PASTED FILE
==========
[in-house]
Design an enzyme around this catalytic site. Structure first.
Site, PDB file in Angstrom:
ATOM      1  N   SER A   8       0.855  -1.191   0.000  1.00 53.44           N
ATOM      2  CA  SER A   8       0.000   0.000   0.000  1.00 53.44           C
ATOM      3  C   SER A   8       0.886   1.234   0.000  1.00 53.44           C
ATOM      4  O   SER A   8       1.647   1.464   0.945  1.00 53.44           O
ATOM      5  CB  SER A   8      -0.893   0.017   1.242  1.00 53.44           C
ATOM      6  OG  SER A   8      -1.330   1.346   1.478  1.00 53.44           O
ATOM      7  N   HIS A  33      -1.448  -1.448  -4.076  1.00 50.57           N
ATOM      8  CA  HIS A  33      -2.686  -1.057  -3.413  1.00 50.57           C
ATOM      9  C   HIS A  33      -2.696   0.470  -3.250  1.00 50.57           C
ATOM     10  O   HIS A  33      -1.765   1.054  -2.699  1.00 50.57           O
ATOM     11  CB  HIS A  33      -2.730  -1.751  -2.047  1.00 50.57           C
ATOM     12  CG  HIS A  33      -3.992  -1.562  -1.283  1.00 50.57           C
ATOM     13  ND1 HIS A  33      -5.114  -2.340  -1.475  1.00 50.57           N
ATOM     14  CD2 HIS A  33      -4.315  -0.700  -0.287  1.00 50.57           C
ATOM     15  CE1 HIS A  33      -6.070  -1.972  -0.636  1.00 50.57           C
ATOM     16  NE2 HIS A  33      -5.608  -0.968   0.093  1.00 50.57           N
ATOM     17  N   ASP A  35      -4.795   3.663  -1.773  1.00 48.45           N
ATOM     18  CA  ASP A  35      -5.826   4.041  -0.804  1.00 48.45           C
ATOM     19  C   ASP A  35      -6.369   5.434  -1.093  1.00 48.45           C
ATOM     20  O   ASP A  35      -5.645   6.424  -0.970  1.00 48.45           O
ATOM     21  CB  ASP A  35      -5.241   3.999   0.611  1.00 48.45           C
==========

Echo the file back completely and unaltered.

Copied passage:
[in-house]
Design an enzyme around this catalytic site. Structure first.
Site, PDB file in Angstrom:
ATOM      1  N   SER A   8       0.855  -1.191   0.000  1.00 53.44           N
ATOM      2  CA  SER A   8       0.000   0.000   0.000  1.00 53.44           C
ATOM      3  C   SER A   8       0.886   1.234   0.000  1.00 53.44           C
ATOM      4  O   SER A   8       1.647   1.464   0.945  1.00 53.44           O
ATOM      5  CB  SER A   8      -0.893   0.017   1.242  1.00 53.44           C
ATOM      6  OG  SER A   8      -1.330   1.346   1.478  1.00 53.44           O
ATOM      7  N   HIS A  33      -1.448  -1.448  -4.076  1.00 50.57           N
ATOM      8  CA  HIS A  33      -2.686  -1.057  -3.413  1.00 50.57           C
ATOM      9  C   HIS A  33      -2.696   0.470  -3.250  1.00 50.57           C
ATOM     10  O   HIS A  33      -1.765   1.054  -2.699  1.00 50.57           O
ATOM     11  CB  HIS A  33      -2.730  -1.751  -2.047  1.00 50.57           C
ATOM     12  CG  HIS A  33      -3.992  -1.562  -1.283  1.00 50.57           C
ATOM     13  ND1 HIS A  33      -5.114  -2.340  -1.475  1.00 50.57           N
ATOM     14  CD2 HIS A  33      -4.315  -0.700  -0.287  1.00 50.57           C
ATOM     15  CE1 HIS A  33      -6.070  -1.972  -0.636  1.00 50.57           C
ATOM     16  NE2 HIS A  33      -5.608  -0.968   0.093  1.00 50.57           N
ATOM     17  N   ASP A  35      -4.795   3.663  -1.773  1.00 48.45           N
ATOM     18  CA  ASP A  35      -5.826   4.041  -0.804  1.00 48.45           C
ATOM     19  C   ASP A  35      -6.369   5.434  -1.093  1.00 48.45           C
ATOM     20  O   ASP A  35      -5.645   6.424  -0.970  1.00 48.45           O
ATOM     21  CB  ASP A  35      -5.241   3.999   0.611  1.00 48.45           C